Alongside malaria and HIV, tuberculosis (TB) is one of the main communicable diseases wreaking havoc on the lives of vulnerable populations in developing countries. In the Philippines, the situation is particularly challenging – the WHO estimates that in 2019, up to 1 million Filipinos had active TB, the third highest prevalence in the world. Around 70 people die in the country every day from this completely curable disease.
Solutions are not far from reach, but understanding the multifaceted reasons why TB persists in the Philippines is key to implementing effective measures to combat the spread of the disease.
Tuberculosis: An Overview
Tuberculosis is a bacterial infection that typically attacks the lungs, resulting in coughing, chest pain, fatigue and fever symptoms. It is spread through airborne droplets released through coughing, sneezing and even speaking, making it highly transmissible. As with any bacterial disease, those with weakened immune systems are most at risk of severe illness or death. People who suffer from malnutrition or who already have conditions like HIV or diabetes are particularly vulnerable.
With a rapidly growing HIV epidemic and the World Food Programme reporting that 64% of its population is “chronically food insecure,” it is not surprising that TB is so prevalent in the Philippines.
Links to Poverty
The organization Health Poverty Action puts it simply: “Poverty and TB are closely linked.” The spread of tuberculosis in the Philippines is closely associated with the living conditions of its sufferers – the Philippine National Health Research System (PNHRS) states that TB is particularly common among the urban poor, who often have inadequate access to health care.
A report from the Philippine Institute for Development Studies also cites overcrowded living conditions as a factor that exacerbates the spread of TB among the urban poor.
Another issue standing in the way of eradicating TB is the financial barriers to treatment. A 2022 study published in ‘Global Health’ surveyed Filipinos living in a high-TB area and found that many cited “indirect expenses,” like the cost of transportation, as a factor that would incite them to avoid seeking care.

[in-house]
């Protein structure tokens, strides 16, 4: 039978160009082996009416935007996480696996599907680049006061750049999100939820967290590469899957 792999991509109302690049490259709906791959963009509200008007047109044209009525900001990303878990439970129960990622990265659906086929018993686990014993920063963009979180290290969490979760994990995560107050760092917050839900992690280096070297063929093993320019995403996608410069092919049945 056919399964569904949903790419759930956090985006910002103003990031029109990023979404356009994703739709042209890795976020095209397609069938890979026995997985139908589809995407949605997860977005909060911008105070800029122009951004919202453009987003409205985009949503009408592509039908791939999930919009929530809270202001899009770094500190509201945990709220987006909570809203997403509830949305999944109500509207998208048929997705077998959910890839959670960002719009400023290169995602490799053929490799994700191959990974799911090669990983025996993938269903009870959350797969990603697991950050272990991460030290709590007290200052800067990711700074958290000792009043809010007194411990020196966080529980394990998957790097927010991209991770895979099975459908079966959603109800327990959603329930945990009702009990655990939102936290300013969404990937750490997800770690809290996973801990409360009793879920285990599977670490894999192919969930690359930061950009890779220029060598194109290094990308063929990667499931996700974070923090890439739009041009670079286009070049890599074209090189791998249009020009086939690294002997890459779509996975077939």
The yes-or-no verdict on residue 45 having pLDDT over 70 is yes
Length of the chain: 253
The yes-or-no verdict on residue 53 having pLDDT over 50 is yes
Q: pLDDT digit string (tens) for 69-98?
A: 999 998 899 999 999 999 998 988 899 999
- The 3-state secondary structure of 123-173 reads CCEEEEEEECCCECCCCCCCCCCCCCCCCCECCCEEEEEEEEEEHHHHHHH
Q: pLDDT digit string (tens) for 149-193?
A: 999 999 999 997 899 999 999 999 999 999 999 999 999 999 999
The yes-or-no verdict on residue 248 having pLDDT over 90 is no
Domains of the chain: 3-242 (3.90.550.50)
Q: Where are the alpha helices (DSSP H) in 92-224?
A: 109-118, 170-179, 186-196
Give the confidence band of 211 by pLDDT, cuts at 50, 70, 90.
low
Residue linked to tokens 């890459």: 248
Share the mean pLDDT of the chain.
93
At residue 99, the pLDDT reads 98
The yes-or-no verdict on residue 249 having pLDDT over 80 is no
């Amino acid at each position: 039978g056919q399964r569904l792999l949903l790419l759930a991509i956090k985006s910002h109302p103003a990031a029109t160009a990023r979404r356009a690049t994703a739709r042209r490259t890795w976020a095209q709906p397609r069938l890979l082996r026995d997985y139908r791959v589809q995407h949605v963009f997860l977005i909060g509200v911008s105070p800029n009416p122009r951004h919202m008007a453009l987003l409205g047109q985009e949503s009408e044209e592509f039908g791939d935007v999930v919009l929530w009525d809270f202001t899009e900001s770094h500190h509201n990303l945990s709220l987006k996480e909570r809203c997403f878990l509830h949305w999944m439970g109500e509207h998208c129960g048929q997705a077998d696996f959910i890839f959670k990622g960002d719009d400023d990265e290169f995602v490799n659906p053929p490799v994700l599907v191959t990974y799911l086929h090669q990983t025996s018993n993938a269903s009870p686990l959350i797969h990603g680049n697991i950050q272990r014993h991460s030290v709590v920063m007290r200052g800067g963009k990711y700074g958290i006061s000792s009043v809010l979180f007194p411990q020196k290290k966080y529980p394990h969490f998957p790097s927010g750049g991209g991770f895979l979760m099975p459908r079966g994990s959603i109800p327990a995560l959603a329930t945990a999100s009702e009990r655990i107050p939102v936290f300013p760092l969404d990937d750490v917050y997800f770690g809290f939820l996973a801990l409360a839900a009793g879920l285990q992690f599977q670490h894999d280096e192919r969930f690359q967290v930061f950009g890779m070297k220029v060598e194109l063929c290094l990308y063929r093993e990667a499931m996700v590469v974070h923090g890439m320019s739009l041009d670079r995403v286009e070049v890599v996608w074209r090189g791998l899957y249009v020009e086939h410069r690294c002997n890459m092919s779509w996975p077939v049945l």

As drug-resistant TB becomes an ever-growing problem, many Filipinos are forced to travel to multiple different hospitals and health facilities to collect different prescriptions, at significant personal cost. This is because drug-resistant TB requires sufferers to cycle between different drugs in order to treat the disease. This type of treatment is expensive, especially since health services and the National Tuberculosis Program are “crucially underfunded,” according to researchers from the University of the Philippines.
The ‘Global Health’ study also noted the risk of unemployment as an important barrier to treatment – many respondents of the survey feared that they would be forced to take leave from their jobs if it was revealed that they were infectious, or that they would be unable to work due to side effects from treatment. In short, many simply could not afford to not work.
Fighting For Change
Although the Filipino government has made efforts to mitigate the cost to low-income households of TB treatment with its aforementioned National Tuberculosis Program, a 2022 study found that 42% of households with TB were still suffering “catastrophic costs” associated with the disease.
However, there have been some moderate steps forward. For example, during the COVID-19 pandemic, the Global Fund and the Philippine Business for Social Progress (PBSP) expanded an existing initiative that employed motorcycle riders to transport specimens from patients’ homes to hospitals for evaluation – they can now transport medication from health care facilities to patients’ homes, alleviating the financial burden of transportation for TB patients.
In addition, in 2020, the Filipino Department of Health and the WHO Country Office in the Philippines created a “package of digital solutions,” aiming to collect more data and facilitate the reporting of TB cases, an area that still needs work. The applications do not require an internet connection and are able to track patient progress, allowing health care providers and patients easier access to information about TB treatment. This way, patients do not need to travel to the hospital just to remain informed about their treatment plans.
Eradicating tuberculosis in the Philippines is an achievable goal, but it will take a lot of time, effort and funding. Poverty is a key driver of communicable diseases, and the case of tuberculosis in the Philippines exemplifies this fact. A 2018 study found that eradicating global poverty would result in a 33% reduction in tuberculosis cases. Working towards this goal will be instrumental in saving lives, increasing productivity and eliminating tuberculosis in the Philippines for good.
– Abbi Powell